Too much pipeweed

Too much pipeweed

The next few paragraphs talk about a fun experience I had last night, skip over them if you want the core point =)

Last night, I had more fun in an MMO than I’ve had in a long time. The funny thing was, I was doing something that I usually don’t do: roleplay. I’ve dabbled in it a little n the past but it’s something I’d generally do in passing tiny bits at a time. Nothing in-depth or consistent, at all. So, when I got invited to an RP gathering on LotRO last night, I put it off for about 45 minutes to “finish a couple of quests”.

That was true, I was questing, but part of me was hesitant to put off leveling to take part in something that I’d possibly not enjoy or even find a little awkward. Still, the person asking me to join them (I figured there’d be about five people, give or take. It was a small guild gathering, after all) was very outgoing and I didn’t want to be stand-offish. After all, one of my resolutions with LotRO was to enjoy the journey as much as my destination.

When I got to my friend’s kin house (guild house), I was surprised to see several guilds represented by over twenty people in the room. Tables abounded with food and a keg stood on the far wall. A couple of people were playing a duet on a harp and lute in the middle of the room while several others danced. There was a lot of idle in-character conversation and, like a real party, it wasn’t all about the troubles of the world. It was less “the shadow looms in the East, doom is at our door” and more “It’s been a long time, welcome to the party! Can I offer you some ale or some food?” In the back, a lone person stood smoking by the fire; another browsed through the kin’s bookshelves.

I wound up staying for almost an hour. It was genuinely fun because the players made it so. Game mechanics helped (music, ale that makes you “merry”, various pipeweed) but more than anything, I think it was because the people were into it. Even as a mostly dormant roleplayer, I was drawn in. I found myself wanting to explain my shabby leather armor (I’m a tank but can’t wear heavy armor yet) and still bulging midsection. It was contagious.

The whole thing got me thinking about what it is that keeps so many people into the genre. Even though many claim that games like WoW and LotRO are Massively-Single-Player RPGs, I think that misses the point a bit. Whether or not you’re soloing, you have the opportunity, at almost every turn, to interact with other players. We get to see good people and bad, as they come into and out of our gaming lives. Be it direct or not, they have an impact upon us and our impressions of the game. I know, a game may perhaps be more fairly judged on its own merit but an undeniable part of any MMO is the community. They’re a part of the world, like in real life, whether we all would care to separate them from it or not.

But, I think that’s great. In any large community, you’ll get people that are morons but you’re also going to get a lot of genuinely good people as well. I have a lot of fond memories of PuGing through instances on WoW. I met many people that I wouldn’t have met otherwise. Together, with faces always changing, we shared laughs and overcame many challenges of the game.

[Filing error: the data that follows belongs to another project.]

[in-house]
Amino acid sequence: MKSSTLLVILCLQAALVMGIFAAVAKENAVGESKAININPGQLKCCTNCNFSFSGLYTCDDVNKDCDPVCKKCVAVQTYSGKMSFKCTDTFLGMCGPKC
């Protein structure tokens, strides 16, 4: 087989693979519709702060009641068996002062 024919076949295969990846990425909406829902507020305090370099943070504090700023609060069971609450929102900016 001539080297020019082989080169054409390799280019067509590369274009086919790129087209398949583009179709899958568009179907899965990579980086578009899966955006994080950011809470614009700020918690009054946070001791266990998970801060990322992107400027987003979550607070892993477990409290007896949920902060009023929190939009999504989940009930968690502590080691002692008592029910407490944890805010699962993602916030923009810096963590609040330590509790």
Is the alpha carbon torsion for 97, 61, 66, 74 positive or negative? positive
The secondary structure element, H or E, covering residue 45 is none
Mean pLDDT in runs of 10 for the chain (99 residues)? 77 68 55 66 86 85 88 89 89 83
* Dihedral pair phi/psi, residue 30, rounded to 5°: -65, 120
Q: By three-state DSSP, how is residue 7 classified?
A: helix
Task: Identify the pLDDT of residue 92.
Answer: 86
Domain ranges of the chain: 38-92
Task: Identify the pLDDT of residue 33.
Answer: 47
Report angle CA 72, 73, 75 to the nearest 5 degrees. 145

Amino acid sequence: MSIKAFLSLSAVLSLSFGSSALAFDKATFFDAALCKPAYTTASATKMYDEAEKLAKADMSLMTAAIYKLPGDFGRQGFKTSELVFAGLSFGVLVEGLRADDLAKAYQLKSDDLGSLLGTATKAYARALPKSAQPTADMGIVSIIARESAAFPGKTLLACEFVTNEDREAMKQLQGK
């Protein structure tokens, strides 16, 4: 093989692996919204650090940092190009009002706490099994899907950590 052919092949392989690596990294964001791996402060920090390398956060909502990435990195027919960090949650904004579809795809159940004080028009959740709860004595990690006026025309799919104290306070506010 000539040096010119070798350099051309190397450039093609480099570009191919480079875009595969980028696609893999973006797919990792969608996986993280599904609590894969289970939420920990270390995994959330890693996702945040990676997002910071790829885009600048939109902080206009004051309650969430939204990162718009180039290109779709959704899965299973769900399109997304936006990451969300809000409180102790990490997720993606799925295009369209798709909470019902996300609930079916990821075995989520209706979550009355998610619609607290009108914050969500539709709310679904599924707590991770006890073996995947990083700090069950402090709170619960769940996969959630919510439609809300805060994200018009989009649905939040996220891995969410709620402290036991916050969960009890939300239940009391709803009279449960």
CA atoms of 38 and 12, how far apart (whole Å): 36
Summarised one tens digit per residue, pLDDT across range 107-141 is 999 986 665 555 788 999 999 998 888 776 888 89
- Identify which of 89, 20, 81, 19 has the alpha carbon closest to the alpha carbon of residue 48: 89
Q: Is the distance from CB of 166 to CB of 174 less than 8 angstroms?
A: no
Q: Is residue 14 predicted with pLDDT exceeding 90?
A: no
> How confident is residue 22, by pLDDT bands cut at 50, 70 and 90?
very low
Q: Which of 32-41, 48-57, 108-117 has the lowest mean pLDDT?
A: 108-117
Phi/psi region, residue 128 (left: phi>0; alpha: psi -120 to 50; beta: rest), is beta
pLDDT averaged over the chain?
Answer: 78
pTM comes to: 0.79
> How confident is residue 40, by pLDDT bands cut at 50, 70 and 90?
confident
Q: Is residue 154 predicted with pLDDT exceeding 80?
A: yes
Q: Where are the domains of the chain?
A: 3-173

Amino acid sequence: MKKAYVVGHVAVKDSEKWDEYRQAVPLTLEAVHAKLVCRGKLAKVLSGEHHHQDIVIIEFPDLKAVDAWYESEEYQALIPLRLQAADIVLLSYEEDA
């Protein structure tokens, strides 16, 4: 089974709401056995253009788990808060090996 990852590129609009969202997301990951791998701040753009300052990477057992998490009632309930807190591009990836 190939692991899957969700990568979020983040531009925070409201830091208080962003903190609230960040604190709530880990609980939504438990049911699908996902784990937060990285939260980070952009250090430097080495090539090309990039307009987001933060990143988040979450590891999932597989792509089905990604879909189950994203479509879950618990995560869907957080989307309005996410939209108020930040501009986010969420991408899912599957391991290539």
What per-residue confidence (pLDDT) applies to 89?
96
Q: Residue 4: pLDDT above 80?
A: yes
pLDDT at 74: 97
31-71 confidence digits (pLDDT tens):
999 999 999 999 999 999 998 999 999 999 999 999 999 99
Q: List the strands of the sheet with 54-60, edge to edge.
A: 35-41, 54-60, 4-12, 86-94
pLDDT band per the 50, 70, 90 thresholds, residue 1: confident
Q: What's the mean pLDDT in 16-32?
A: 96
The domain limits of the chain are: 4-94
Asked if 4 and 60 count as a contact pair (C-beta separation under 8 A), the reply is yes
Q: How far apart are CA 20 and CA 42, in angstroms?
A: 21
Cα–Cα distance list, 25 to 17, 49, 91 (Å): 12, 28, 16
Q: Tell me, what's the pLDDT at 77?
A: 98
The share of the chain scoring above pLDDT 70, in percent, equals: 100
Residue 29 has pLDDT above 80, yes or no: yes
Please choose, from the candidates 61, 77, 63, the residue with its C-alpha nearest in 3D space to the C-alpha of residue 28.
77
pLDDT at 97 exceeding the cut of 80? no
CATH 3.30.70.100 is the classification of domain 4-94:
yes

I tend to believe that as players we make our own fun. If you’re with like-minded people, even things that seem boring can be brought to life. How many small events with your guild have you had turn out to be more fun than you expected? Was running across the map naked that much fun or was it because of the people you did it with? On that same token, how many instance runs/raids have been a blast because you clicked with the people you were there with?

That’s one of the reasons a strong community is important. I read Beau’s blog pretty frequently (it’s pretty good, you should check it out) and I heard him mention once that he likes the lesser played games because the community is smaller and more well knit. For all of the reasons a big game might succeed, sometimes the closeness of the players gets lost in translation. That’s one of the reasons why players railed against cross server scenarios in WAR. Community is important.

And on that same token, so is community enhancement. And encouragement. Players should be encouraged to come together and interact without forcing them to do so in order to progress. Since we can create our own fun, I think it’d help the new offering of games to maintain that MMO feel some people think is missing without impeding those who would prefer to solo. WAR could benefit most from this, I think. They have a great universe flush with possibility. But right now, there’s not much incentive to be around other players outside of the pursuit of RvR. Luckily, RvR brings about interaction and fun all its own.

So, to sum up my thoughts, last night showed me again that we can find fun in the creativity and humor of other players. Bringing that interaction to life through game elements, dungeons, and the like, is what MMOs are all about. In the end, I don’t think it’s the gear that drives the player who get the most enjoyment out of gaming. I think it’s doing something fun made funner by doing it with other people. Massively Single Player? Maybe in Counter-Strike but not in any MMO I’ve ever played.

Advertisements